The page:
In my personal study, I had reached Passover Week in the Gospels, when Jesus was about to become the Passover Lamb. The Holy Spirit orchestrated this to fall right in sync with the course material on the Psalms. The Hallel (praise) psalms (113-118) were sung before and after the Passover meal, serving to corporately proclaim supreme confidence in the steadfast love of God. (Note: Jesus quoted the Psalms more than any other book.) As Jesus celebrated Passover Week with the disciples, he prayed Psalm 118, which was likely the last psalm our Lord sang before His passion (Mark 14:26). In unity, He worshiped with the Jewish community, “The Lord is my strength and my song … This is the Lord’s doing; it is marvelous in our eyes.” With death right in front of him, Jesus sang the text with a depth we cannot fully understand, “This is this the day that the Lord had made; let us rejoice and be glad in it” (118:24). In the dark hours of Gethsemane when every disciple deserted Jesus, he sweat drops of blood, indicating He suffered beyond what a physical body should bear. The weight of sin. Betrayal. Profound grieving for you and me.

He confronted the Pharisees with Psalm 118:22, “The stone that the builders rejected has become the cornerstone.” Jesus clearly was declaring himself as the Messiah when he quoted it, knowing his oppressors would sing these very words after the Passover meal. Without pushing toward persuasive speech, he continued to stand on scripture, “The Lord is on my side; I shall look in triumph on those who hate me. Save us, we pray, O Lord” (118:7). His spiritual thirst was quenched, though offered sour vinegar from the Cross. The psalm strengthened him, over and over.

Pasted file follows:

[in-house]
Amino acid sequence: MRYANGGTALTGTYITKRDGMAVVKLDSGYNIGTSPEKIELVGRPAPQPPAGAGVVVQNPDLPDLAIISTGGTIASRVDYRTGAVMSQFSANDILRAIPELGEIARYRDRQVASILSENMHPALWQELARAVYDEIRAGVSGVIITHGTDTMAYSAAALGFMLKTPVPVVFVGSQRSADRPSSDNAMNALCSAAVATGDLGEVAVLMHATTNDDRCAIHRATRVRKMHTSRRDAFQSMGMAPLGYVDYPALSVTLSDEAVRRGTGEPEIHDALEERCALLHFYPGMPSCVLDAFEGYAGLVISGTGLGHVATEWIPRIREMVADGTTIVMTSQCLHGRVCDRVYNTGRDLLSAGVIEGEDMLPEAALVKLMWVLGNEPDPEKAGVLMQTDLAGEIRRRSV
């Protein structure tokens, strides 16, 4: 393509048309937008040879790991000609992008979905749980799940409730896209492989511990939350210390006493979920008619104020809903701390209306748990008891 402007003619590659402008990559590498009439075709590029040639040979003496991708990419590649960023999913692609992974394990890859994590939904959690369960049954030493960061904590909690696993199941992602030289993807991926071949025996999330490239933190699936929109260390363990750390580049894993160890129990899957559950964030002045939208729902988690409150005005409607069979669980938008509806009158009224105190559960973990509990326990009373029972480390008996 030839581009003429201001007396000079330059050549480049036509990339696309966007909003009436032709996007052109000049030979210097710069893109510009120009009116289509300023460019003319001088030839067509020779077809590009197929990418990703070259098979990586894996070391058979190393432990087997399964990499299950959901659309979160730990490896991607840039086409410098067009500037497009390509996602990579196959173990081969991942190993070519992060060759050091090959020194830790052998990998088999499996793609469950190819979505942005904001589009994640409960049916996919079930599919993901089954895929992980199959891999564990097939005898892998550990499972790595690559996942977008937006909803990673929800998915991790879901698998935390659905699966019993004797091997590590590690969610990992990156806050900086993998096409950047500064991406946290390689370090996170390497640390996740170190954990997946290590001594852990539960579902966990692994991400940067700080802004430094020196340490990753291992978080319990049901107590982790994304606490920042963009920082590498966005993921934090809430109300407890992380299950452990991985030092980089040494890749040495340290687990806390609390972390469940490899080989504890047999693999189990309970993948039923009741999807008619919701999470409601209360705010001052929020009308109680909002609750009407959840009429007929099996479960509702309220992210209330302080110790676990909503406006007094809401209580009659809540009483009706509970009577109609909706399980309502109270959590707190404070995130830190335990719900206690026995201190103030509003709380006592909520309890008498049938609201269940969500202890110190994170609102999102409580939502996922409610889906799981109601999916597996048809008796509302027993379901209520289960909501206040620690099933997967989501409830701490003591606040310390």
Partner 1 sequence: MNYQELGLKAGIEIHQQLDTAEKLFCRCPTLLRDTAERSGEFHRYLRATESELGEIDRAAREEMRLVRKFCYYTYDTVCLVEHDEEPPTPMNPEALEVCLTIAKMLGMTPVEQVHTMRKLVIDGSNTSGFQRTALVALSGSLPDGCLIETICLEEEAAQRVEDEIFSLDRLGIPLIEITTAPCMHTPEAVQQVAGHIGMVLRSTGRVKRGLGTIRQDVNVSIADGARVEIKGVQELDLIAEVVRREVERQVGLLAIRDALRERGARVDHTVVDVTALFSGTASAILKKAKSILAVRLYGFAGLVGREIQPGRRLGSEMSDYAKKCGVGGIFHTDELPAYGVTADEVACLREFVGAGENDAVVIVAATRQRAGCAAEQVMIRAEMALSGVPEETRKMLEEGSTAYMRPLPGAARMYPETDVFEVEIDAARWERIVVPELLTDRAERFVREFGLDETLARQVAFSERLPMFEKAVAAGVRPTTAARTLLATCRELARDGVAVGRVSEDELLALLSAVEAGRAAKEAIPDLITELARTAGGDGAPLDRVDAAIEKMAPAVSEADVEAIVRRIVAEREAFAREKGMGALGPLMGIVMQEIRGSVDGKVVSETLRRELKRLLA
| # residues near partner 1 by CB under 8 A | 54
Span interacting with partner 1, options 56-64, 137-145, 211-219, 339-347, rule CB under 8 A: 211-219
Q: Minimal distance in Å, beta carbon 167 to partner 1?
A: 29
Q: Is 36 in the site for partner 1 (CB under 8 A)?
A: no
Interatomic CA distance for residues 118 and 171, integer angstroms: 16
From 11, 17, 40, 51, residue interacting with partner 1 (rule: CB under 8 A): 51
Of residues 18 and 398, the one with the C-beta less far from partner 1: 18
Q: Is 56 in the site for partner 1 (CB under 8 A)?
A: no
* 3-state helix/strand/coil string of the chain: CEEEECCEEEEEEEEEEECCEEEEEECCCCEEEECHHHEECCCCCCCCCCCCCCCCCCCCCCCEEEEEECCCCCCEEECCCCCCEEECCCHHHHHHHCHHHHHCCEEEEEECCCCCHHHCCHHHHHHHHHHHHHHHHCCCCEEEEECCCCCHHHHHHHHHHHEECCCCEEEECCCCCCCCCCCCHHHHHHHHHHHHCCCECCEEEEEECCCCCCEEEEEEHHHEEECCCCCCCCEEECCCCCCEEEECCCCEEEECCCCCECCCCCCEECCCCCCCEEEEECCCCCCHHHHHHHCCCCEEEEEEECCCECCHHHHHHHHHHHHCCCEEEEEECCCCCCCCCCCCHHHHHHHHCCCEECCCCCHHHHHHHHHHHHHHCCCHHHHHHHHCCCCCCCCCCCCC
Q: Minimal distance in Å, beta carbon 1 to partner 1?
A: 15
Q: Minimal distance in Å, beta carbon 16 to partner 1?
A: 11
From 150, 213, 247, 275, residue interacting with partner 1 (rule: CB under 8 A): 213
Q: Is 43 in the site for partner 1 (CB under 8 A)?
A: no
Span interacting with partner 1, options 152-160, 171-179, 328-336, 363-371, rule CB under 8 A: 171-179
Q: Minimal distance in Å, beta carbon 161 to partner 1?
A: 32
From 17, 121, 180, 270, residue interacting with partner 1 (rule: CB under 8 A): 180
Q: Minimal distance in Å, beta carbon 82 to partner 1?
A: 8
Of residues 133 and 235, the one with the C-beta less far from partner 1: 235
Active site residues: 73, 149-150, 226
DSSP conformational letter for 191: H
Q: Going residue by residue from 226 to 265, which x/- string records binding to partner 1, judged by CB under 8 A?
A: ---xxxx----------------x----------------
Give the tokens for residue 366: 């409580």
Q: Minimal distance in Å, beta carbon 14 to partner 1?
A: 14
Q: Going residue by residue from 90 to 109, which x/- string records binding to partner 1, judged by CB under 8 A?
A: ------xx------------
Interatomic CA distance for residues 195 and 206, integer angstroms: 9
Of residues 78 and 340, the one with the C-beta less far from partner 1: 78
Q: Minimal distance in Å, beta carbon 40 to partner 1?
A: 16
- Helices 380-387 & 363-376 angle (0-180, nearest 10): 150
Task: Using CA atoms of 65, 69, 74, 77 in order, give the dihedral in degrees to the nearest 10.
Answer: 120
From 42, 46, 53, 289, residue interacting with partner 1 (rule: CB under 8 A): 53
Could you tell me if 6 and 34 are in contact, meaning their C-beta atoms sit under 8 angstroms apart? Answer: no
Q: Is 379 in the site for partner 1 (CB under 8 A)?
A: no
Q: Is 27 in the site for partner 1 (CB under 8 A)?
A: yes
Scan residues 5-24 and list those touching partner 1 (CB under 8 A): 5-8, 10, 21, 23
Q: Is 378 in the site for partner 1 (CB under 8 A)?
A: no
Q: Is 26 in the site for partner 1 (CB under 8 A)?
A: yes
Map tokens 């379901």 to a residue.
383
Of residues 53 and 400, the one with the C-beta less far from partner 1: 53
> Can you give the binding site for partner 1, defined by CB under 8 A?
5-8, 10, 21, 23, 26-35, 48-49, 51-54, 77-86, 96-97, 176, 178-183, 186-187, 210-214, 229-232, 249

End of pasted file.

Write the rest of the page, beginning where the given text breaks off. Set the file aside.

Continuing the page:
My class read the psalm as Jesus’ own prayer for the first time, “I shall not die, but I shall live, … the Lord has disciplined me severely, but He has not given me over to death” (118:18). Suddenly, gratitude took over. They saw for themselves how marvelous he is. The two initial glaring sentiments they carried vanished, as they began to write their own psalms of praise. They “knew” the Old Testament was relevant. And they “knew” God loved them. Hallelujah!

“Lord, enlarge all our souls with renewed gratitude. Let us sing with the psalter, ‘Your steadfast love endures forever!’”

Tracey D. Lawrence is an adjunct faculty for Biblical studies at Colorado Christian University.

Repost from the Greeley Tribune

What if Your Husband Had Ebola?